The area occupied by these ancient streets forms a triangle with its top at Hang Than street and its base at the axis of Hang Bong - Hang Gai - Cau Go street, the eastern side being a section of the Red River Dyke and the eastern side being Hang Cot, Hang Dieu, and Hang Da streets.
Prior to the French colonial period these streets all had the same appearance and were laid out in an order similar to a chessboard; most of them were named after the goods manufactured or sold there. For instance, Hang Duong means "Sugar Street", Hang Bac - "Silver Street", Hang Bo - "Bamboo Basket Street".
The houses in these streets are called tunnel houses, this is because the house has the shape of a tunnels, being very long and narrow, it sometimes opens at the back into another street, which is different from that of the front entrance door. All the houses are similarly arranged with their front rooms serving as places where goods are manufactured or sold, with small open courtyards to let light in, usually decorated with ornamental rocks, little water-pools with gold fish, ornamental plants and flowers
. The backrooms serve as the living quarters with a dining room and bedroom. Most of these houses are covered with small tiles which have the characteristic feature of: two walls of the gable being built so that they are higher than the roof, resembling a staircase with two funny pinnacles.
They are mostly one-storied houses, few have second storey. They are generally low and have small or no windows, which arose because according to ancient rules under the past dynasties, inhabitants were forbidden to look at the king when he happened to pass their houses, and they were especially forbidden to look at him from a higher place.
Therefore, tunnel houses are simple and narrow serving both as a place of manufacturing or selling products and as a dwelling house for the family. In these streets, the shops are open all day long, and even in the evening, the quarter is always interesting to walk around. This community of people shares the same fate and they are all united by feelings of solidarity.
Lang pagoda in Hanoi
Scattered among these ancient houses are many pagodas and temples. These were the place of worship for the ancient villages and guilds. For instance, the temple situated at 38 Hang Duong street, served the inhabitants of Duc Mon village which used to occupy a part of Hang Duong street, and the Huyen Thien pagoda at 54 Hang Khoai street, belonged to Huyen Thien village, which used to occupy the territory of Hang Khoai street. These architectural sites also reflect the origin of Hanoi's inhabitants, most of them coming from other parts of the country, for example: Hoa Loc Temple at 90 Hang Dao street, was founded by a guild of dyers natives of Dan Loan in Hai Hung province, Tu Thi Temple at 2A Yen Thai Alley, was dedicated to the worship of the patron saint of embroiderers, and built by a villager of Quat Dong in Ha Tay province who lived by the trade of embroidery. However, on the other hand, the existence of these pagodas and temples testifies to the intense spiritual life of the inhabitants of old Hanoi, who lived in harmony with nature, society and the spiritual world. Thus, today the city’s material world coexists with a sacred legendary world, the present and the past intermingle, creating a long lasting strength.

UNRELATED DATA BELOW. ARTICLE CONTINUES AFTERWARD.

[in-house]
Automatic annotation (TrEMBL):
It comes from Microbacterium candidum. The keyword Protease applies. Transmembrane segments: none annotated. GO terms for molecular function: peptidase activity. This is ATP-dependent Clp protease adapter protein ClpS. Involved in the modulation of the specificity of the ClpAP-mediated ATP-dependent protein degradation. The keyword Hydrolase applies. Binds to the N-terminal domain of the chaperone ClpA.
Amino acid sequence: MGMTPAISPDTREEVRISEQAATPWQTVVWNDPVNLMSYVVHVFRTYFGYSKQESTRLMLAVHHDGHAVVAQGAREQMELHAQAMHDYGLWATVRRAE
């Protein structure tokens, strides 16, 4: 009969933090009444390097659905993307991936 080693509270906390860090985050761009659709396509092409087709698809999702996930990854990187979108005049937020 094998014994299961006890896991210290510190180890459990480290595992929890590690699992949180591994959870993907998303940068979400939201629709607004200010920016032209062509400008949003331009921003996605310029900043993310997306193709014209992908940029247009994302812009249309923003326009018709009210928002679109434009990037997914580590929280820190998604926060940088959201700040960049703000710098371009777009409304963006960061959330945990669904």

The ancient streets have undergone some alterations owing to historical upheavals, social adaptation and the appearance of some new construction, but they still remain virtually unchanged. So this is why this area with small tunnel houses, crowded streets, pagodas and temples, with curved roofs and green trees, all gives Hanoi it’s own particular original beauty.
Since the end of the 80s with the implementation of the renovation policy, economic life has improved, commerce developed and many houses in the ancient streets have been demolished, repaired or rebuilt and often concrete 3 or 4 storied houses have replaced the old ones. The area of ancient streets has gradually been losing the beauty of its traditional architecture.
Yet, in spite of the alterations and construction, this area still represents a precious legacy left to Hanoians, to be handed down to future generations. This is why now Hanoi's municipal administration is studying the feasibility of a project to renovate this ancient area.